Before Sonia Sotomayor was the first Latino to be nominated to the US Supreme Court, she grew up poor and struggled to overcome stereotypes. Which she did.
Lighter than Air by Sophie Blanchard, the First Woman Pilot by Matthew Clark Smith, illustrated by Matt Tavares
How Kate Warne Saved President Lincoln by Elizabeth Van Steenwyk
You’ll love this picture book story about the first female to work for the famous Pinkerton Detective Agency. Her name was Kate Warne. When she discovered a plot to assassinate President Lincoln on the train ride to his inauguration, this smart-thinking detective figures out how to trick the would-be murders and get the President safely to his destination. Well done, Ms. Warne!
Eleanor Roosevelt: Fighter for Justice by Ilene Cooper
What struck me about this compelling biography was Eleanor’s real-life story arc, particularly in regards to her attitudes about race. Because according to this book Roosevelt, someone who saw poverty and cared deeply about her community, was a racist. But she didn’t stay that way! I loved reading how she took criticism and learned from it, eventually becoming an advocate for civil rights. Her life was very interesting and one from which we can learn.
Messenger The Legend of Joan of Arc A Graphic Novel by Tony Lee and Sam Hart
Tween and teen readers probably don’t know the true story of Joan of Arc. While the authors don’t claim that this is anything but fiction, I would say it’s closer to nonfiction since it’s only based on historical facts. It’s amazing to see Joan never waver in her convictions and stand strong in the face of doubt and eventually death. This is an excellent depiction of her life.
Biography Collections of Women in History and Now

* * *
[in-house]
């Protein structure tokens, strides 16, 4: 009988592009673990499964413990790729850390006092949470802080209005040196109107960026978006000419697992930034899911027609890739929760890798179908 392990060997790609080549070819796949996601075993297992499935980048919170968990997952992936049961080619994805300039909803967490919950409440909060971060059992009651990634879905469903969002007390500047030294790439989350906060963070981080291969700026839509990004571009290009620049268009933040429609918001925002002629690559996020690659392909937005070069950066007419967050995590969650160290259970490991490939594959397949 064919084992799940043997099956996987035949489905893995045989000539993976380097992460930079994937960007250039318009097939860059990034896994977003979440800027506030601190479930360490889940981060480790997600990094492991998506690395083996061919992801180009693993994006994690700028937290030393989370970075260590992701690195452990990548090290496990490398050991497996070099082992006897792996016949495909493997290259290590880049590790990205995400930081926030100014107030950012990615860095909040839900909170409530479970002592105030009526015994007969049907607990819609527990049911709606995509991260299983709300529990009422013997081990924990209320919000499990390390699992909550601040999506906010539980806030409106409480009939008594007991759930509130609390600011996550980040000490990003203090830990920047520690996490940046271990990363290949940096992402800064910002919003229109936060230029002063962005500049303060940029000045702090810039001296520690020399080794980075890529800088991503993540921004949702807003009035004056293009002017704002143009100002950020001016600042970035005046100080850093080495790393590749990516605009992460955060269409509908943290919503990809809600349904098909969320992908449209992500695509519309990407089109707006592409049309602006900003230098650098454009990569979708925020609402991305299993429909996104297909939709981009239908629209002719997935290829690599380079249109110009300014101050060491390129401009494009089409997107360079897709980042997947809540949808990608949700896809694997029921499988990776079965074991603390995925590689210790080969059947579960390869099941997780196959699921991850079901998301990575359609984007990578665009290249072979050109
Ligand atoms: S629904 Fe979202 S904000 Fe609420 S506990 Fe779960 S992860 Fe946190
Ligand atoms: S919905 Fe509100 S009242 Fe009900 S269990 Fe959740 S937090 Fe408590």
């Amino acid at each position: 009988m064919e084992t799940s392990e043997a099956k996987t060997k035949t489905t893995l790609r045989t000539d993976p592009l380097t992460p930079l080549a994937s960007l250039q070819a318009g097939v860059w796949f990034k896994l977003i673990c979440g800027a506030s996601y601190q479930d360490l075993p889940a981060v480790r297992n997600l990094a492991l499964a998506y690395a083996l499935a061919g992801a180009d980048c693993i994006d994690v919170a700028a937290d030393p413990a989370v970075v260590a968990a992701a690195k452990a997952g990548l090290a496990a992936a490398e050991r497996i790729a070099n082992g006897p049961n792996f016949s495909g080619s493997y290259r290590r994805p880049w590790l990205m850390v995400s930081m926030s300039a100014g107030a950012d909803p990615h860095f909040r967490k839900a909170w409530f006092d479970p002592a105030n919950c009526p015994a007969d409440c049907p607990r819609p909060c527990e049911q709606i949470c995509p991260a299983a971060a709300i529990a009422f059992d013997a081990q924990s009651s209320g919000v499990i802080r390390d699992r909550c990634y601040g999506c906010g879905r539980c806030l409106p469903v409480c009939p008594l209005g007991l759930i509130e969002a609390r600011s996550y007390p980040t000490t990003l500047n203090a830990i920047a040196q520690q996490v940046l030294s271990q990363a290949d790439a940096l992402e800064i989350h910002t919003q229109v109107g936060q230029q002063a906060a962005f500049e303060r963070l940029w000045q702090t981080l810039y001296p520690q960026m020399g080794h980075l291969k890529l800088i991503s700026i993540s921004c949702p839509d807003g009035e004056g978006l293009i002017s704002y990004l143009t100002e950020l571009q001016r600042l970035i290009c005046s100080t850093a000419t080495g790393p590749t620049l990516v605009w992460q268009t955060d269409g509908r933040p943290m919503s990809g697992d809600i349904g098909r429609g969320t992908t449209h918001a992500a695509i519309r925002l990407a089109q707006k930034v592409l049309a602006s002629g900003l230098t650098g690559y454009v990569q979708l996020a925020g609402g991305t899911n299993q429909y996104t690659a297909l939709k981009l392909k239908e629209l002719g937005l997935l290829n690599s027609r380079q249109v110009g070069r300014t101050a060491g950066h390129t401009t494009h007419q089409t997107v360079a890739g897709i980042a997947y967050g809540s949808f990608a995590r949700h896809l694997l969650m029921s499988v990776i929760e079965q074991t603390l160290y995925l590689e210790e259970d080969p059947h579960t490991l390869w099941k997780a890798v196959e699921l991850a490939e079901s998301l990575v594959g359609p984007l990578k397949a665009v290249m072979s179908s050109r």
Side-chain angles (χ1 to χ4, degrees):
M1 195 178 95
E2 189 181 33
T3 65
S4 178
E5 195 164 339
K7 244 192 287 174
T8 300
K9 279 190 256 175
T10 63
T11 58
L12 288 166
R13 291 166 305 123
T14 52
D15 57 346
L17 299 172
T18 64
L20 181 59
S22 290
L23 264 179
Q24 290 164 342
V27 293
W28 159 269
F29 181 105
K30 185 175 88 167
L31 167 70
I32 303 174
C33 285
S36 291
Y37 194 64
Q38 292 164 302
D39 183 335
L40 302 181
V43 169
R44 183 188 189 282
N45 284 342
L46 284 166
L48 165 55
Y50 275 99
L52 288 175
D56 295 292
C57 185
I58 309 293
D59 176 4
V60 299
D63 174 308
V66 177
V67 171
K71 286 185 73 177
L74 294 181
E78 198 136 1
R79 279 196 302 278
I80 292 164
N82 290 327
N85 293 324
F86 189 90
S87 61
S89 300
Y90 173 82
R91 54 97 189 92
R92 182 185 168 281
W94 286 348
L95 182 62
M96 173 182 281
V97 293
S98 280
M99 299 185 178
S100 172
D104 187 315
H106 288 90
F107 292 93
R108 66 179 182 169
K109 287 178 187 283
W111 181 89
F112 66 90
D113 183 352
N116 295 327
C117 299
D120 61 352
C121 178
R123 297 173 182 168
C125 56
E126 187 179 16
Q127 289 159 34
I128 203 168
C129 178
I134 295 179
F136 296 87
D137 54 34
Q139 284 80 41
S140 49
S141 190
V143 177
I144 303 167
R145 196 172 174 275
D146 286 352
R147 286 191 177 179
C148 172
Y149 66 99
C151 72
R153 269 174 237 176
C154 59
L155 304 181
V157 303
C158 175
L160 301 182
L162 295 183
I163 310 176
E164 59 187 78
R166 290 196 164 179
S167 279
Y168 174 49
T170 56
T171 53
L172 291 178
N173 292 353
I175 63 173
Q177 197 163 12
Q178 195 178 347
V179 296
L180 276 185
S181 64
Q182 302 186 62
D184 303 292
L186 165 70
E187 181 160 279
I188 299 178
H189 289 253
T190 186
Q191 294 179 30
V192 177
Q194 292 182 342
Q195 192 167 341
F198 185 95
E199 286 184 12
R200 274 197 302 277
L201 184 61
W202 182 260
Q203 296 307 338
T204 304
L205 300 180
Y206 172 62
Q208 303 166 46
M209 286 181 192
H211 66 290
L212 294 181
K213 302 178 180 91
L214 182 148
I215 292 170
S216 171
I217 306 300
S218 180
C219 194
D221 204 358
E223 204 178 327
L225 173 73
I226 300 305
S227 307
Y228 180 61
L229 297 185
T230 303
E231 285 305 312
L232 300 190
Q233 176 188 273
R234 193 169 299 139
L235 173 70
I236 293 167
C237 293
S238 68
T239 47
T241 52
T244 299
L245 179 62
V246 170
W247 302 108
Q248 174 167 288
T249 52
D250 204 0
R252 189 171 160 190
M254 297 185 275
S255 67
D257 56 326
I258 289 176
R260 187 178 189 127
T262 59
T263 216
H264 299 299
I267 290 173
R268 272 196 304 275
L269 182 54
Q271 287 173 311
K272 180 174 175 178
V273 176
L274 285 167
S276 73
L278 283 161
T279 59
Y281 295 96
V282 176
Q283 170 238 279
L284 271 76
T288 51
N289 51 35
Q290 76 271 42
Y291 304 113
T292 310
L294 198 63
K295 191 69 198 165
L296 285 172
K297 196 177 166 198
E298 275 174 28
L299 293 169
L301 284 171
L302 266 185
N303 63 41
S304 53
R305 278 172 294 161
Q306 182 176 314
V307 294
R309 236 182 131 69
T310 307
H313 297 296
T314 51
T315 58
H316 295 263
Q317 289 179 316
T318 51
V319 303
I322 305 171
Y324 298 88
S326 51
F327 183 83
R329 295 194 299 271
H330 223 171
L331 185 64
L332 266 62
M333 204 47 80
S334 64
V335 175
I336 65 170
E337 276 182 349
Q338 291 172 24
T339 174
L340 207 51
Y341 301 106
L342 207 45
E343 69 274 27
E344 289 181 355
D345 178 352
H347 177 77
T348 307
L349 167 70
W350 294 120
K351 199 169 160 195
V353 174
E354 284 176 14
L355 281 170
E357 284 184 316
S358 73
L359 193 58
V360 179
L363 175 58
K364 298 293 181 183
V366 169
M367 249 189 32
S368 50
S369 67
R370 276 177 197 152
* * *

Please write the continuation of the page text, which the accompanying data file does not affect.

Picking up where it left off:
Noise Makers: 25 Women Who Raised Their Voices & Changed the World by Kazoo Magazine
Graphic novel fans will love this accessible, interesting biographical collection that celebrates females who’ve made a difference in the world. There’s so much to love besides that the biographies are written in comics…Before each biography is a main idea page (time period and what they’re famous for) as well as a page asking you to look at the list of descriptive phrases and see what YOU have in common with the woman. For Fossil Hunter, Mary Annino (1799 – 1847) see what you have in common with her: “I like to hike, I’m patient, I like to draw pictures,…” Reading these will not only inform you but also inspire you as you discover more about Bessie Coleman, Julia Child, Hedy Lamarr, Mary Shelley, Josephine Baker, and others.
A Black Woman Did That: 42 Boundary-Breaking, Bar-Raising, World-Changing Women by Malaika Adero, illustrated by Chante Timothy
In this book, you’ll meet women and girls who will inspire you. Read about fascinating and admirable women who are scientists, models, athletes, politicians, dancers, and more. Fascinating writing and fascinating people with impactful, vivid illustrations.
Heroes for My Daughter by Brad Meltzer (ages 8 – 12)
The collection perfect for Women’s History Month features 60 individuals with a few familiar faces (Anne Frank, Benjamin Franklin, Sally Ride) and many new, unique people that deserve to be recognized and highlighted. The writing is easy to read, includes dialogue, quotes, and short stories. The author’s intention is to show young children that if you take a chance and work hard “you can do anything in this world.”
Little Dreamers Visionary Women Around the World by Vashti Harrison